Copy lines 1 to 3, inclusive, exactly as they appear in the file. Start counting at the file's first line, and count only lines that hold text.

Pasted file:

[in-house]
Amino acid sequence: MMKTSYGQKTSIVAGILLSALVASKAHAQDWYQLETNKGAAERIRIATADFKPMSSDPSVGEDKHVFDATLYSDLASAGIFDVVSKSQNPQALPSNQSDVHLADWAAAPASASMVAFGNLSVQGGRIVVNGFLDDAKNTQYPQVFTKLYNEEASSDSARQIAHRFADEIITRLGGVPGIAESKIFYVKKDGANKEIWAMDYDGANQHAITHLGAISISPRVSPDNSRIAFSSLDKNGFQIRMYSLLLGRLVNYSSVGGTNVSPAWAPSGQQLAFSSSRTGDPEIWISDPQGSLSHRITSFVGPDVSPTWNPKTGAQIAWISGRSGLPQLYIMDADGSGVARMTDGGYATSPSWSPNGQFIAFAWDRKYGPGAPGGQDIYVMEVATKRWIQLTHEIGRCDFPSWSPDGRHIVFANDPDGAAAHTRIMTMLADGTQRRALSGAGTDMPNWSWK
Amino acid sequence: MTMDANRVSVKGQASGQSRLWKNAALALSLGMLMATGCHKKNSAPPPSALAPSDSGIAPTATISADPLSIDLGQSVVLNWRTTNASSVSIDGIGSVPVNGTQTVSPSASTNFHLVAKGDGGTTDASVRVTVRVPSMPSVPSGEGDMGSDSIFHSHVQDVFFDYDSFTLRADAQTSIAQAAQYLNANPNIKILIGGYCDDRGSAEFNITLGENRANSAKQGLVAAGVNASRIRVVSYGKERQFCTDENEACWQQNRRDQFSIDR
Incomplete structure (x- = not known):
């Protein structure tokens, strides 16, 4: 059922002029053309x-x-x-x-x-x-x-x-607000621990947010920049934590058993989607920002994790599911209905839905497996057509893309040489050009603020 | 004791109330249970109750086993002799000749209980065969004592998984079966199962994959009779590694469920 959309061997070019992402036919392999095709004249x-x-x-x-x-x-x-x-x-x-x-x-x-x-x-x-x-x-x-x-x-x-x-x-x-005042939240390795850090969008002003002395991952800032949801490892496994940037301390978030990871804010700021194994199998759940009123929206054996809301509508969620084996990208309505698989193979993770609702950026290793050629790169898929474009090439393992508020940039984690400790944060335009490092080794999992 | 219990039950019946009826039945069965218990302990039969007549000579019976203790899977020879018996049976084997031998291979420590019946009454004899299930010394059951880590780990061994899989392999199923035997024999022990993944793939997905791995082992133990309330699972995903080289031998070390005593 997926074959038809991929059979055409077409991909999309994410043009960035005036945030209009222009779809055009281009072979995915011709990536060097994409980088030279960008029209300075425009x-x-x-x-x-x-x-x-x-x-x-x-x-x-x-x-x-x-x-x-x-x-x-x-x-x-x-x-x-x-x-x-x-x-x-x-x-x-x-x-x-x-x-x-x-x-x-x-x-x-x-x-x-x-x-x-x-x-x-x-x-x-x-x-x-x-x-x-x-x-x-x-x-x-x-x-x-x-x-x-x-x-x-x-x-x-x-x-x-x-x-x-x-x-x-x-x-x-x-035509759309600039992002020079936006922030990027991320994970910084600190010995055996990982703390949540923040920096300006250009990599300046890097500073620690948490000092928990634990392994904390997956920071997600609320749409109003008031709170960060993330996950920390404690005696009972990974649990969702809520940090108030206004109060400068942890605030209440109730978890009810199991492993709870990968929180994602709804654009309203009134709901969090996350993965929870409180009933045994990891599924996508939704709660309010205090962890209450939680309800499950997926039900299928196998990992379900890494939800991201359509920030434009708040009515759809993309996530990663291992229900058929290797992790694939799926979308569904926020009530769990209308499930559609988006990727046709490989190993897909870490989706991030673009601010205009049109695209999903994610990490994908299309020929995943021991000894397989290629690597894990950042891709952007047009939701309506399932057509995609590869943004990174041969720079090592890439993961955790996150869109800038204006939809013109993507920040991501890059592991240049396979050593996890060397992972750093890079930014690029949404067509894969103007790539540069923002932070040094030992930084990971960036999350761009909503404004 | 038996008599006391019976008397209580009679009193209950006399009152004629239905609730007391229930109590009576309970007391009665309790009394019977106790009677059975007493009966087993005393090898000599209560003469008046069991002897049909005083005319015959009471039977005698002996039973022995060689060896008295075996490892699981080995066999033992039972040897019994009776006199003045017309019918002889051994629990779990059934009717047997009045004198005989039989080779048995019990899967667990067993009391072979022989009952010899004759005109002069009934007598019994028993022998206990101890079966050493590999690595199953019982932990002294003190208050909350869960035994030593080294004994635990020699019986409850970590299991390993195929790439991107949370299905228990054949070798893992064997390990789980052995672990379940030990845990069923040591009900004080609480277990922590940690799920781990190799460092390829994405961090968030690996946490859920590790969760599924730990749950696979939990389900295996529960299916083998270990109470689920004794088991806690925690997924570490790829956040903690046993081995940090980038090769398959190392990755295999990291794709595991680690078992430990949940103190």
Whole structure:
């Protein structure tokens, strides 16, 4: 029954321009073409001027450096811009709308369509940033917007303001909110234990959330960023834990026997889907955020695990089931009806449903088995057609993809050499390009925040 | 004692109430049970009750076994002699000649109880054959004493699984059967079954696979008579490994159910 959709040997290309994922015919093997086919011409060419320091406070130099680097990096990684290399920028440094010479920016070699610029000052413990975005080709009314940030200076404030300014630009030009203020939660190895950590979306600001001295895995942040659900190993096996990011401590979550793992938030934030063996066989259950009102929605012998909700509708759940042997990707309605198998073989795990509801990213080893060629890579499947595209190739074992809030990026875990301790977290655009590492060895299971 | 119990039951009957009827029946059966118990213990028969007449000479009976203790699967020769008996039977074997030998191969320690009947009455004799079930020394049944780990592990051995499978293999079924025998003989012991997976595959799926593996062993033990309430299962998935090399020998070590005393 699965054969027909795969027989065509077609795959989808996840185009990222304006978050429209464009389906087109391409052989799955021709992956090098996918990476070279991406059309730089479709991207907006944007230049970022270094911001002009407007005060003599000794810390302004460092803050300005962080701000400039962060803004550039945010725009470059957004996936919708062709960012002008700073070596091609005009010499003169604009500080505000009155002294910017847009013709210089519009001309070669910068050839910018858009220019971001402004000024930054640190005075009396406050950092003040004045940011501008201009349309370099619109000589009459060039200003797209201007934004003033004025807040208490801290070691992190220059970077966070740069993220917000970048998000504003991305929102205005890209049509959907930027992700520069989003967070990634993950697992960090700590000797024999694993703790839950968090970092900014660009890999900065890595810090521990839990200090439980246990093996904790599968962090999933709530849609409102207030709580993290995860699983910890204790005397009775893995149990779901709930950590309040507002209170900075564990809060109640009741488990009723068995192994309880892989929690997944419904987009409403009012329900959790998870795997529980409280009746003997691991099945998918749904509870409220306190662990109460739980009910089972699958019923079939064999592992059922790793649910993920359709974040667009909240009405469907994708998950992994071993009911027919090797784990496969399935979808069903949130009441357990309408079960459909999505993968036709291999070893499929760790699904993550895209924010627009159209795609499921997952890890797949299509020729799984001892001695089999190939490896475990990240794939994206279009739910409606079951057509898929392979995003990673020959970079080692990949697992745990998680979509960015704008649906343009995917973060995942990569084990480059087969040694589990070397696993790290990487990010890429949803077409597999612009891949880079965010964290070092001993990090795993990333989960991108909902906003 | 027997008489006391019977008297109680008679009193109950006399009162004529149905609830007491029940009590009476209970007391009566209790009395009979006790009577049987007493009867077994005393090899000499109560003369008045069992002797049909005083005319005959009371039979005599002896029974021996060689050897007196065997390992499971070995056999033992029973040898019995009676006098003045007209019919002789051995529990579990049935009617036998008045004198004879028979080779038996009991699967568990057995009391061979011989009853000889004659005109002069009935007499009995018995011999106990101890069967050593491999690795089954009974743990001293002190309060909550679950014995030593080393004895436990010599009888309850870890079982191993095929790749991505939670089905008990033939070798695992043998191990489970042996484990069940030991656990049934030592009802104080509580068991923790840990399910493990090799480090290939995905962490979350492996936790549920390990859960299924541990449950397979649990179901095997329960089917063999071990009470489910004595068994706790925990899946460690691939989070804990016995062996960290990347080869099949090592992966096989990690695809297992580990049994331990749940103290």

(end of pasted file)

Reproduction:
[in-house]
Amino acid sequence: MMKTSYGQKTSIVAGILLSALVASKAHAQDWYQLETNKGAAERIRIATADFKPMSSDPSVGEDKHVFDATLYSDLASAGIFDVVSKSQNPQALPSNQSDVHLADWAAAPASASMVAFGNLSVQGGRIVVNGFLDDAKNTQYPQVFTKLYNEEASSDSARQIAHRFADEIITRLGGVPGIAESKIFYVKKDGANKEIWAMDYDGANQHAITHLGAISISPRVSPDNSRIAFSSLDKNGFQIRMYSLLLGRLVNYSSVGGTNVSPAWAPSGQQLAFSSSRTGDPEIWISDPQGSLSHRITSFVGPDVSPTWNPKTGAQIAWISGRSGLPQLYIMDADGSGVARMTDGGYATSPSWSPNGQFIAFAWDRKYGPGAPGGQDIYVMEVATKRWIQLTHEIGRCDFPSWSPDGRHIVFANDPDGAAAHTRIMTMLADGTQRRALSGAGTDMPNWSWK
Amino acid sequence: MTMDANRVSVKGQASGQSRLWKNAALALSLGMLMATGCHKKNSAPPPSALAPSDSGIAPTATISADPLSIDLGQSVVLNWRTTNASSVSIDGIGSVPVNGTQTVSPSASTNFHLVAKGDGGTTDASVRVTVRVPSMPSVPSGEGDMGSDSIFHSHVQDVFFDYDSFTLRADAQTSIAQAAQYLNANPNIKILIGGYCDDRGSAEFNITLGENRANSAKQGLVAAGVNASRIRVVSYGKERQFCTDENEACWQQNRRDQFSIDR